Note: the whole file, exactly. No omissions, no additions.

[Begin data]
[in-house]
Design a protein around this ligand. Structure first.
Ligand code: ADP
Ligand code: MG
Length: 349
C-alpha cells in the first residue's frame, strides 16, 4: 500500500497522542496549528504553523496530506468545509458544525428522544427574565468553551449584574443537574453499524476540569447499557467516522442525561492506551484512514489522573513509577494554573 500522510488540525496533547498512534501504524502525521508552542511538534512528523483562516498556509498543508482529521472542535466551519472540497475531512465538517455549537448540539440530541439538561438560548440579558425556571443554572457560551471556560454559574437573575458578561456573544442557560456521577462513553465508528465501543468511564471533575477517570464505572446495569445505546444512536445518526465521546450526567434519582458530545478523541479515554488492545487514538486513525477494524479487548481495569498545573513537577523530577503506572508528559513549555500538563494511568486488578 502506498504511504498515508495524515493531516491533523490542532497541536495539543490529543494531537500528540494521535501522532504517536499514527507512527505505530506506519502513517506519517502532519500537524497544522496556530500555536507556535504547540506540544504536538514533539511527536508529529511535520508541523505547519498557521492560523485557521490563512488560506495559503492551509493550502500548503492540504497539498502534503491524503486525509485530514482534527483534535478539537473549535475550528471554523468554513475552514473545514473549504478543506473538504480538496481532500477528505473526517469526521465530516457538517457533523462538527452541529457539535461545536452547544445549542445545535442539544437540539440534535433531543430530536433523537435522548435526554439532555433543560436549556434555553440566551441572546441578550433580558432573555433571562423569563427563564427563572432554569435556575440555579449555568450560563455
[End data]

[in-house]
Design a protein around this ligand. Structure first.
Ligand code: ADP
Ligand code: MG
Length: 349
C-alpha cells in the first residue's frame, strides 16, 4: 500500500497522542496549528504553523496530506468545509458544525428522544427574565468553551449584574443537574453499524476540569447499557467516522442525561492506551484512514489522573513509577494554573 500522510488540525496533547498512534501504524502525521508552542511538534512528523483562516498556509498543508482529521472542535466551519472540497475531512465538517455549537448540539440530541439538561438560548440579558425556571443554572457560551471556560454559574437573575458578561456573544442557560456521577462513553465508528465501543468511564471533575477517570464505572446495569445505546444512536445518526465521546450526567434519582458530545478523541479515554488492545487514538486513525477494524479487548481495569498545573513537577523530577503506572508528559513549555500538563494511568486488578 502506498504511504498515508495524515493531516491533523490542532497541536495539543490529543494531537500528540494521535501522532504517536499514527507512527505505530506506519502513517506519517502532519500537524497544522496556530500555536507556535504547540506540544504536538514533539511527536508529529511535520508541523505547519498557521492560523485557521490563512488560506495559503492551509493550502500548503492540504497539498502534503491524503486525509485530514482534527483534535478539537473549535475550528471554523468554513475552514473545514473549504478543506473538504480538496481532500477528505473526517469526521465530516457538517457533523462538527452541529457539535461545536452547544445549542445545535442539544437540539440534535433531543430530536433523537435522548435526554439532555433543560436549556434555553440566551441572546441578550433580558432573555433571562423569563427563564427563572432554569435556575440555579449555568450560563455